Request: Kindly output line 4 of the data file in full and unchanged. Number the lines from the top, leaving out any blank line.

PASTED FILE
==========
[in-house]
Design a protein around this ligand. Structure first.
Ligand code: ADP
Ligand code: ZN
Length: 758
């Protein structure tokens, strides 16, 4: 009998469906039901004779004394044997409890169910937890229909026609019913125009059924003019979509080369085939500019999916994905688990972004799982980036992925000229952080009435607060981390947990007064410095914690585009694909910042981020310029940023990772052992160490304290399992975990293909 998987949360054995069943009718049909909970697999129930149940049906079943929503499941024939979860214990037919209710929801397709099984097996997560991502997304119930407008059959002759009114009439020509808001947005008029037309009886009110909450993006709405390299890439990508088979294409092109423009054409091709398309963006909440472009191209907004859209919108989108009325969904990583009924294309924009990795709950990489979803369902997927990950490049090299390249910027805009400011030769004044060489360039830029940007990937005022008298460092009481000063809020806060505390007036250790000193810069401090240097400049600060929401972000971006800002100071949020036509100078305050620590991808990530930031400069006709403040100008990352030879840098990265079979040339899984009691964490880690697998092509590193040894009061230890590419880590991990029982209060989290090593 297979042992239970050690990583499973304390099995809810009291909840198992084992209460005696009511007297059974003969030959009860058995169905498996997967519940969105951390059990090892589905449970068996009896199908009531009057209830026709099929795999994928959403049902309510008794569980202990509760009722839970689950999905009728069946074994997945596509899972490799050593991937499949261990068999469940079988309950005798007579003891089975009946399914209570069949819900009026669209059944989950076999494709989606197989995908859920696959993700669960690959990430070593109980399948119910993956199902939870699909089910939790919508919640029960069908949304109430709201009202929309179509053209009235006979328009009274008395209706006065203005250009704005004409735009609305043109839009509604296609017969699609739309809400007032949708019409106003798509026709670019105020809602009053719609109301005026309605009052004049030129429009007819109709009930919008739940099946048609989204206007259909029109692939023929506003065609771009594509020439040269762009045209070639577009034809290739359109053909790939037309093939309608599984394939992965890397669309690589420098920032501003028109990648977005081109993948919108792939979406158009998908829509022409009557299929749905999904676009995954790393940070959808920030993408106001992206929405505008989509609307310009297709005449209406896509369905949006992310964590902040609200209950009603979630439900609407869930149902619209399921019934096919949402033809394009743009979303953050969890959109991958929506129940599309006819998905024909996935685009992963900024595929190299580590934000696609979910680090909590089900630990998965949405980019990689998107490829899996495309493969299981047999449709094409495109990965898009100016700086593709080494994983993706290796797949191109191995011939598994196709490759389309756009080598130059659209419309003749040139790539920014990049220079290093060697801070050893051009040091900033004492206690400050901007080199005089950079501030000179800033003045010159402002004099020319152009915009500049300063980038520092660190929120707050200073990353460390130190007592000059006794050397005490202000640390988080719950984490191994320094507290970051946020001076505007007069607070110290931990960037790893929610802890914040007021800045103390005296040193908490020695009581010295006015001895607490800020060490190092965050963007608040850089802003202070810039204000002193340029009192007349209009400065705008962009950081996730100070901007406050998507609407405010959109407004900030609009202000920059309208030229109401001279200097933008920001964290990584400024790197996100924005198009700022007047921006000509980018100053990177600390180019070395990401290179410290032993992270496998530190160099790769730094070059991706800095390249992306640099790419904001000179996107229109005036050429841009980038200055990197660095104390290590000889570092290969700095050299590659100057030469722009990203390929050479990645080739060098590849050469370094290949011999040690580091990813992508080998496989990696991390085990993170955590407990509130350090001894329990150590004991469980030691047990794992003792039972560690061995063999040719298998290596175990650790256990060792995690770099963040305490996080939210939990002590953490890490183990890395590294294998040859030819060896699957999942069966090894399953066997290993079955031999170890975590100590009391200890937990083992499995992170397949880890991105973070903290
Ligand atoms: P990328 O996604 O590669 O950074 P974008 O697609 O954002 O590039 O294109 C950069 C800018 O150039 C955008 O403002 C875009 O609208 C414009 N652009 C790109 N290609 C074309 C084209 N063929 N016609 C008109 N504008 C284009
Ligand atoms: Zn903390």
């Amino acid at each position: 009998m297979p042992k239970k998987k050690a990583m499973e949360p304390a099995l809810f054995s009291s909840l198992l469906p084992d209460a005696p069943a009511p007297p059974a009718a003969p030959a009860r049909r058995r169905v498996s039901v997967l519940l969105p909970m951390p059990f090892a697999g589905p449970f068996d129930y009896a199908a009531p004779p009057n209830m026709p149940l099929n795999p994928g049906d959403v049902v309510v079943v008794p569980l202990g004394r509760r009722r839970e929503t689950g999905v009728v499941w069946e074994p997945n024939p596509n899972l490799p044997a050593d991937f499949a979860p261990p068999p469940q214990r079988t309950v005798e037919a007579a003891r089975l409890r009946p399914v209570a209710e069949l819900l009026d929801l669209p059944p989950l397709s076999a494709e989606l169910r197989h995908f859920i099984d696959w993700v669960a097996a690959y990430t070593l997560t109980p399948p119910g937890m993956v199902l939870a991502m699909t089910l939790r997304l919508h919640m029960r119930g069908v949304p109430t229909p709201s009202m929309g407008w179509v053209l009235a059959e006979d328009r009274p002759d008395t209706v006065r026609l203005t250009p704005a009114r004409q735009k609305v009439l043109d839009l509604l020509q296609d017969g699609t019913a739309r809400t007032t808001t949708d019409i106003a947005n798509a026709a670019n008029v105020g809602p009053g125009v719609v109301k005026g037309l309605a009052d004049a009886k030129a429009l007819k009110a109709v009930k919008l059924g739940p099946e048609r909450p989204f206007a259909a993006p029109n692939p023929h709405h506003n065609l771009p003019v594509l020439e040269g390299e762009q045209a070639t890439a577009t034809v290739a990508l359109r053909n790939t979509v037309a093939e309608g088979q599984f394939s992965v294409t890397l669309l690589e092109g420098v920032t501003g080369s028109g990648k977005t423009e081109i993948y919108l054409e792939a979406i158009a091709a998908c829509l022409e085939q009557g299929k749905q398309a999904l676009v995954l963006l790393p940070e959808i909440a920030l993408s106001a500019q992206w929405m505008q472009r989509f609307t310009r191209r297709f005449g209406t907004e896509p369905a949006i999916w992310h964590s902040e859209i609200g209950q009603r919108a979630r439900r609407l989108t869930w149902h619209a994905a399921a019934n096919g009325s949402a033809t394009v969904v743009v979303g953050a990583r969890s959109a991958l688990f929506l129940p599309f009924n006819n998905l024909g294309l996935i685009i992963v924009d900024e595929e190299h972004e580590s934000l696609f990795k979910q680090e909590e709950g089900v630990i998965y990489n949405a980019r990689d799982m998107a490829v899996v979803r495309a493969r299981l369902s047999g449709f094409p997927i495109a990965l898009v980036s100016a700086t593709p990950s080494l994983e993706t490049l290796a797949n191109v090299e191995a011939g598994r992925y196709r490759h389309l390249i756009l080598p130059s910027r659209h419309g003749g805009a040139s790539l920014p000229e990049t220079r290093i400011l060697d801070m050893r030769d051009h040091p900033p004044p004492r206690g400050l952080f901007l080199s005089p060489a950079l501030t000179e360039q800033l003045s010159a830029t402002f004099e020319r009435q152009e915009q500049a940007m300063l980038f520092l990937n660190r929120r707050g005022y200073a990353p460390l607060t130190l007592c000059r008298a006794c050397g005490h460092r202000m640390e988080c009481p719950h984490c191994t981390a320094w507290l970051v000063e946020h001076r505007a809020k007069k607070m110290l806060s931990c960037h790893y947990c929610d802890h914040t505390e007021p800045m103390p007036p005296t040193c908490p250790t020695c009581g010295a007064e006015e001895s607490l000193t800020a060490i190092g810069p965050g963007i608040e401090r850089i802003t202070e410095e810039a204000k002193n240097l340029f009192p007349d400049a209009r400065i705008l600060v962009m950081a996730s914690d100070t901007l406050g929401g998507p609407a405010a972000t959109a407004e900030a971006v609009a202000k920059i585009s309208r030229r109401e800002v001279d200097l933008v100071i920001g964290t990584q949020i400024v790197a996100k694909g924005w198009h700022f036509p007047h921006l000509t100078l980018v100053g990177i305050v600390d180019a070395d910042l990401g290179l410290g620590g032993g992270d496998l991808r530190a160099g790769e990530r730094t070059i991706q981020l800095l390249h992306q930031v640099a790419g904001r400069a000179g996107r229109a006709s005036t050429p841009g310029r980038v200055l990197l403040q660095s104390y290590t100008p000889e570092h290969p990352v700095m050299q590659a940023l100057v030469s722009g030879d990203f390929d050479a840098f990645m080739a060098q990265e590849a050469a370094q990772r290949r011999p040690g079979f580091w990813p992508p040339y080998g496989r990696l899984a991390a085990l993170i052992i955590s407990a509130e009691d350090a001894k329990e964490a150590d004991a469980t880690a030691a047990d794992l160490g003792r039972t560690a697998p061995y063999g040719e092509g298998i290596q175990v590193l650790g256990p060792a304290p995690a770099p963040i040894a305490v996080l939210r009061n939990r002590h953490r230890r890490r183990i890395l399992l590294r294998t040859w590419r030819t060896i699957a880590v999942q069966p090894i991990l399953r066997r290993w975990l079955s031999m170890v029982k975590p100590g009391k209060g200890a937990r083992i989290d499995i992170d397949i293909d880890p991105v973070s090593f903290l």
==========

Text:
Ligand code: ZN